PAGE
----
Current management recommendations and surveillance strategies assume that people only need to protect themselves from exposure to infected ticks within forests. There is some empirical support that forests support tick species implicated in KFDV transmission [65]. However, evidence from other (sylvatic) tick-borne disease systems indicates that fragmented and ecotonal habitats at the interface with human habitation may pose a risk of infection to humans, due to such habitats supporting reservoir hosts or substantial densities of infected vectors [6669]. Other habitats featuring in the agroforest landscape mosaic of the Western Ghats, such as fallow land, paddy, and plantation, may also pose a risk, but there is little empirical evidence on comparative densities of vectors and hosts in these habitats. A key research priority therefore (Priority 4, Table 3) is to quantify the abundance and infection rates of different tick vector species across a broad spectrum of habitats within agroforest mosaics, including human habitation, to understand how risk of exposure to infected ticks extends out from forests. Results of such empirical research in 2 affected districts in the Western Ghats is forthcoming from the MonkeyFeverRisk project of which this evaluation of management strategies is a part ( Current tick surveillance simply targets forests [65], but stratified tick surveillance sampling and analysis by habitats and season could be integrated into the routine tick surveillance.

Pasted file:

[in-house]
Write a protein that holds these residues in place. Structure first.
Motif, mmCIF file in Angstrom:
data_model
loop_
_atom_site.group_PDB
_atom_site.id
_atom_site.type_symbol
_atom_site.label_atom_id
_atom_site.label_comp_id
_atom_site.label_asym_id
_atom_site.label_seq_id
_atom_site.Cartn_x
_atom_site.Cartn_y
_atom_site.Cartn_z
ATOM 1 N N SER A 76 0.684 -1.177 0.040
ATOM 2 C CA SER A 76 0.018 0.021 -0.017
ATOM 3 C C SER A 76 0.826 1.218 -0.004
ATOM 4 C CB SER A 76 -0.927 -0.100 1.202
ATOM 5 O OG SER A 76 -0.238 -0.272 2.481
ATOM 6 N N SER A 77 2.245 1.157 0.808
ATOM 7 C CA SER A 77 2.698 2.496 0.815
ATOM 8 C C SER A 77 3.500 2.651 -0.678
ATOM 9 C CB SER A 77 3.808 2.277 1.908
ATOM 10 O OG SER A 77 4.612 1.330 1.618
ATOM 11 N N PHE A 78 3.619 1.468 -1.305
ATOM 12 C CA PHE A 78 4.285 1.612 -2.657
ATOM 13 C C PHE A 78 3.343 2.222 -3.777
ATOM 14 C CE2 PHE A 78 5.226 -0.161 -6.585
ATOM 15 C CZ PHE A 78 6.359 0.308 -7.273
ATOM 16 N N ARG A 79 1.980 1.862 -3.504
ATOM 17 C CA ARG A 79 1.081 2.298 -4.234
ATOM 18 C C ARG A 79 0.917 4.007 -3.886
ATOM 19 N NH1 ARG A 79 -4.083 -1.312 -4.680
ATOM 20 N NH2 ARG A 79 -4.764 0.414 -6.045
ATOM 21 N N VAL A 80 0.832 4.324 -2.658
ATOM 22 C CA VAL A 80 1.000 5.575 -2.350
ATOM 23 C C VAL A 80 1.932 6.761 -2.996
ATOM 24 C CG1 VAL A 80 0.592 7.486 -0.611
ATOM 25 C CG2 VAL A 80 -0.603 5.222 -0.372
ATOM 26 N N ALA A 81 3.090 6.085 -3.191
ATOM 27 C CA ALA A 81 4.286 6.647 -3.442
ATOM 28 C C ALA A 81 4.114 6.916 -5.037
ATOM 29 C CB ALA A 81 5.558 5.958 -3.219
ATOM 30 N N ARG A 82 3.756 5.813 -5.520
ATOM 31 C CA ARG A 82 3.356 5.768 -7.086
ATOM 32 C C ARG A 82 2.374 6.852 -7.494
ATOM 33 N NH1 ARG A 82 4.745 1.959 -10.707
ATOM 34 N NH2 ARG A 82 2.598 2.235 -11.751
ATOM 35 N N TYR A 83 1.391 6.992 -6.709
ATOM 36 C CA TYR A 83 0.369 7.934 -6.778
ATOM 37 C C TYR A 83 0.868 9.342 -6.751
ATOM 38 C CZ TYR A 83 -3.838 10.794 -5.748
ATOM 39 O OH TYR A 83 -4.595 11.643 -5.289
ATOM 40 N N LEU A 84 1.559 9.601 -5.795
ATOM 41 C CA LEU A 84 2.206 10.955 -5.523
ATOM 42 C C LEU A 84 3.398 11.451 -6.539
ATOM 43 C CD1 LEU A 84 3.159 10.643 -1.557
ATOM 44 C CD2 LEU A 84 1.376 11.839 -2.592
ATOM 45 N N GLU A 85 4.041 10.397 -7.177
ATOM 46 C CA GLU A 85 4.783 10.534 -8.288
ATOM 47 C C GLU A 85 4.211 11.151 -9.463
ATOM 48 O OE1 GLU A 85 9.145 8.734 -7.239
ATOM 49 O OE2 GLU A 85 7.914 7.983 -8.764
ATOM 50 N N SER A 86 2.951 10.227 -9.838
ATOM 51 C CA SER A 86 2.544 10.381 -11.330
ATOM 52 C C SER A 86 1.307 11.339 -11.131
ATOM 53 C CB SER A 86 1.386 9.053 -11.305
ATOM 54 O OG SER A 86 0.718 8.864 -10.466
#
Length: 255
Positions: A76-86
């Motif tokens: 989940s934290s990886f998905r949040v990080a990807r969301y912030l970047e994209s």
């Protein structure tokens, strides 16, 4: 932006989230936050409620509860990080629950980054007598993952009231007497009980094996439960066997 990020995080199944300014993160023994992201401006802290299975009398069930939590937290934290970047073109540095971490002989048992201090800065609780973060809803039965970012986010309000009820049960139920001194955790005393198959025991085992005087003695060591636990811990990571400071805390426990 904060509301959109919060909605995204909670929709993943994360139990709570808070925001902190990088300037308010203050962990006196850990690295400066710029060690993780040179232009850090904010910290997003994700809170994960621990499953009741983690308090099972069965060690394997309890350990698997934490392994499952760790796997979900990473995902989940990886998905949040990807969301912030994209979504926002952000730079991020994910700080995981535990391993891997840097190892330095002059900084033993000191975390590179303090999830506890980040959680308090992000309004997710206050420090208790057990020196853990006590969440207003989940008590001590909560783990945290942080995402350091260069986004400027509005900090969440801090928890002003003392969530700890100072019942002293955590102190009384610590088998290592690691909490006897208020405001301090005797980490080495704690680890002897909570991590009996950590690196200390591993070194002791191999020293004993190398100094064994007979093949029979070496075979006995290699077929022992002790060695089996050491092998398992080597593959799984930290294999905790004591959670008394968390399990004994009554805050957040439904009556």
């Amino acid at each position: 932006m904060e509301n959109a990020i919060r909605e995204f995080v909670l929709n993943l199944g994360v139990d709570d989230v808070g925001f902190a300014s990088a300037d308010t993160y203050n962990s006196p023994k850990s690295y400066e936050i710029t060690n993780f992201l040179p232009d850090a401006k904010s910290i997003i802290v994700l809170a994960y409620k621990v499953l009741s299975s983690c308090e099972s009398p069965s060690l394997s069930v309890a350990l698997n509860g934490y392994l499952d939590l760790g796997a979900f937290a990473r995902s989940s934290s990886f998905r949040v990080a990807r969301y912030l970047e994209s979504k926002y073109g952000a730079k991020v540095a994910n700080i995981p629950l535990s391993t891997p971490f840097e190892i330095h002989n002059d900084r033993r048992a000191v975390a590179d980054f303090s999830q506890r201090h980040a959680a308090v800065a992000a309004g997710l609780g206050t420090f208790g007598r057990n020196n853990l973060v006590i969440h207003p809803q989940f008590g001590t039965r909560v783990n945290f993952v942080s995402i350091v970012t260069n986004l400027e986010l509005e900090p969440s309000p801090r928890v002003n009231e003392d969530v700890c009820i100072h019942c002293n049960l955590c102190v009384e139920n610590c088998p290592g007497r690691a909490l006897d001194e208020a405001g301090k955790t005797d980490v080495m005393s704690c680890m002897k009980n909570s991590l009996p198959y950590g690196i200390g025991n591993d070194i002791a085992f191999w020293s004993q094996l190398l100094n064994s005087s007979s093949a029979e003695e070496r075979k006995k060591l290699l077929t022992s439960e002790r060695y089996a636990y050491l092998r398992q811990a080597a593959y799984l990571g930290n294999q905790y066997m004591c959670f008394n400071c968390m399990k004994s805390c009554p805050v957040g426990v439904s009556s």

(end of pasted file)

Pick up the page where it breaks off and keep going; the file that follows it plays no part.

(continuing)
Overall, we recommend a new integrated approach at the local community level to prevent KFDV infection from tick bites. For example, current guidance on the use of protective clothing fails to include the need to cover up the feet and does not give guidance on the importance of regular full body checks for attached ticks or advice on how to promptly and effectively remove these ticks (Table 3). Educational leaflets and videos should be developed jointly between the health department and local communities that give guidance on best practice for preventing tick bites and removing ticks (recent community guidance material has focused on disease symptoms and vaccination and less on tick bite prevention) while also taking account of potential trade-offs between recommendations and community livelihood and health priorities (Tables A and B in S1 Appendix). Indeed, as part of our MonkeyFeverRisk project, we have codeveloped such community guidance in local languages (Kannada and Malayalam; education materials can be accessed here:

Preventing tick spread by cattle through protective measures